'Fiery' Taylor warned to resist taking Lopez's bait

Josh Taylor’s trainer Joe McNally has warned him to keep his composure when he again comes face to face with Teofimo Lopez in New York.

The WBO super lightweight champion makes the latest defence of his title on Saturday at the theatre at Madison Square Garden, when he will also fight with McNally as his trainer for the first time.

Brooklyn’s Lopez, 25, is among the world’s most provocative fighters – his father Teofimo Sr is similarly outspoken and unpredictable – and, when he and Taylor are reunited at Thursday’s press conference he is almost certain to attempt to get under the temperamental Taylor’s skin. ProBox TV understands that Top Rank have invested in additional security in anticipation of a heated confrontation, and also that the two fighters may not even face off.

The same promotional outfit oversaw last month’s fight between Devin Haney and Vasyl Lomachenko, after which Haney claimed he was fined $400,000 by the Nevada State Athletic Commission for pushing his opponent after they weighed in. Taylor and Lopez will still be in the process of making weight when they are reunited on Thursday, and it was that fine that McNally had in mind when he reminded Taylor of the importance of keeping his cool.

“He can [react],” McNally told ProBox TV. “Josh is a fiery character, but he’s been here before. The old saying is, ‘It’s not his first rodeo’. He’s got a lot of t-shirts.

“Josh is a fiery character but I expect him to keep his cool. I’ve only been at one interview with him with Lopez and Lopez was just ranting and going on, and it’s just a lot of bullshit to be fair. It is what it is. 

“He’s trying to get in his own mind, and he’s going through a lot of trouble also, but, it’s boxing. I just hope that it doesn’t – his father and Lopez don’t carry on. There’s a bit of rigmarole to take away from actually having a fantastic contest on our hands Saturday night. I might have to sit in between Josh and them, really, but it is what it is. It’s boxing. I’m not worried about it.”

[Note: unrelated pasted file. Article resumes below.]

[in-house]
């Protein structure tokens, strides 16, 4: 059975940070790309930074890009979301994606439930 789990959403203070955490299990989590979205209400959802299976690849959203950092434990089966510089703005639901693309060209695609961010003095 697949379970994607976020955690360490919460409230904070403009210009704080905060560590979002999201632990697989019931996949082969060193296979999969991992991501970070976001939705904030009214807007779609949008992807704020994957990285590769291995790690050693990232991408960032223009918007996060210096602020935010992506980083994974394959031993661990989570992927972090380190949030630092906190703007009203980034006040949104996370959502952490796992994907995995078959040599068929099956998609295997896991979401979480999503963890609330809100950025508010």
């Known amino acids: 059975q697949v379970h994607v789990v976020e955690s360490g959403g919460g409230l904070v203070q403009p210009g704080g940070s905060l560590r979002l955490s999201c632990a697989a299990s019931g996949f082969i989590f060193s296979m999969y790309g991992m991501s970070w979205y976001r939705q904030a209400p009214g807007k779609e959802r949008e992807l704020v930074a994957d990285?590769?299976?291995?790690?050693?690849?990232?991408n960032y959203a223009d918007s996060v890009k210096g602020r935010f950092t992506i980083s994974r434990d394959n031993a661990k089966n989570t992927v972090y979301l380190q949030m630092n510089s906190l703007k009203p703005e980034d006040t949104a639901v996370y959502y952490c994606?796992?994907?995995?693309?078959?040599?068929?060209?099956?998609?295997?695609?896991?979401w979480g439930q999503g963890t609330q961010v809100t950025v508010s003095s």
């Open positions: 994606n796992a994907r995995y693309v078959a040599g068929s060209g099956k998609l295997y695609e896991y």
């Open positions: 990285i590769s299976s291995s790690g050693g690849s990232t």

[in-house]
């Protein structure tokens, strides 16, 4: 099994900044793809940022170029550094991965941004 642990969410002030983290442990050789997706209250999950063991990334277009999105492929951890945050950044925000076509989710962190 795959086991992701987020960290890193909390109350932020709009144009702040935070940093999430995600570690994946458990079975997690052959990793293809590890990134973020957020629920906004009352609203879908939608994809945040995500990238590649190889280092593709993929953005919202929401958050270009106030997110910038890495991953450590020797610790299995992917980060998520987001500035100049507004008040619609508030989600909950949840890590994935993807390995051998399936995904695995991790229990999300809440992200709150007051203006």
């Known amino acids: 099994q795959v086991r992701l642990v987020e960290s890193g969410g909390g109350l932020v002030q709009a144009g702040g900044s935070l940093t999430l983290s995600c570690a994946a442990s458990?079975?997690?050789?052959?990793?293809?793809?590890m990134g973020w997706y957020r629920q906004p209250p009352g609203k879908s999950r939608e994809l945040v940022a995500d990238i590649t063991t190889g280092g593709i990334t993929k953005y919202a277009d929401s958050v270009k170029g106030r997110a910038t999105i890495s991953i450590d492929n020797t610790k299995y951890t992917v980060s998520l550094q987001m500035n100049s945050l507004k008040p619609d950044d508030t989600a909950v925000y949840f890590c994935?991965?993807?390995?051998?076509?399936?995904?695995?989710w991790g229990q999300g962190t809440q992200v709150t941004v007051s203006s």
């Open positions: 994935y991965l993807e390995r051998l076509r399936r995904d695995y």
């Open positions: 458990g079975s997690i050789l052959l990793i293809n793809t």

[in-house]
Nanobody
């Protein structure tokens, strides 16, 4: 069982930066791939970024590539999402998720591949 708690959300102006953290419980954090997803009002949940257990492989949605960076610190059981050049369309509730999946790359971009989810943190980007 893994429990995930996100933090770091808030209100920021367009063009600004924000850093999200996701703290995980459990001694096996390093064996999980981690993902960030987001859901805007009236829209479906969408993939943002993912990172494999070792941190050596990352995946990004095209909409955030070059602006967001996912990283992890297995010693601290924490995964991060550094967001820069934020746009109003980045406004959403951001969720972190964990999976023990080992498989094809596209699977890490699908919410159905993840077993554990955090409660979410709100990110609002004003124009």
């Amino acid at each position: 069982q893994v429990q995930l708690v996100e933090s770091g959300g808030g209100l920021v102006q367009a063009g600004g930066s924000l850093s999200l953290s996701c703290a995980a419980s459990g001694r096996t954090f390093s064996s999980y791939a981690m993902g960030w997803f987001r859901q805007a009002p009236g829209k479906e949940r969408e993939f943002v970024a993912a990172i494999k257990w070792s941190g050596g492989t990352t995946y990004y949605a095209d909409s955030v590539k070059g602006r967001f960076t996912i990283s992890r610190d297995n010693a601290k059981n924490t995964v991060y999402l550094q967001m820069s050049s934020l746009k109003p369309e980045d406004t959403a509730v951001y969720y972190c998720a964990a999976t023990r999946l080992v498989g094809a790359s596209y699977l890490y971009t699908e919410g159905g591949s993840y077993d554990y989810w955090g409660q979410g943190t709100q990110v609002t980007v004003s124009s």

McNally is also wary of the risk of the 32-year-old Taylor becoming emotional on the occasion of his first fight at a venue his late uncle William, who died last year, once placed a bet on him headlining when he remained a talented young fighter. His idol Ken Buchanan, who died in April, also enhanced his reputation by fighting in New York.

“He has mentioned [his uncle’s bet],” McNally said. “I don’t really want him to think too much about it ‘cause I want him to have no emotion in this fight. 

“I was here with Liam [Smith] last year at The Garden, chief support to Katie [Taylor, against Amanda Serrano], and as a coach I’m privileged to be here twice in 12 months with one chief support and one headlining the show. His uncle’s predictions have come true, which is magnificent, but I don’t really want too much on him because I want him to stay, emotionally, away from the fight.

“I acknowledged it. ‘Fantastic.’ Which it is – it’s beautiful, the prediction. A bit of Nostradamus there. A lot of people could have predicted it too, ‘cause of the talent he is. 

“It’s everybody’s dream to fight at The Garden; in Las Vegas; the MGM; to top a football ground back home, which for Josh is Hibs’ ground, Easter Road. It’s his dream to fight there too. I think the next one will be back home in Hibs’ football ground.”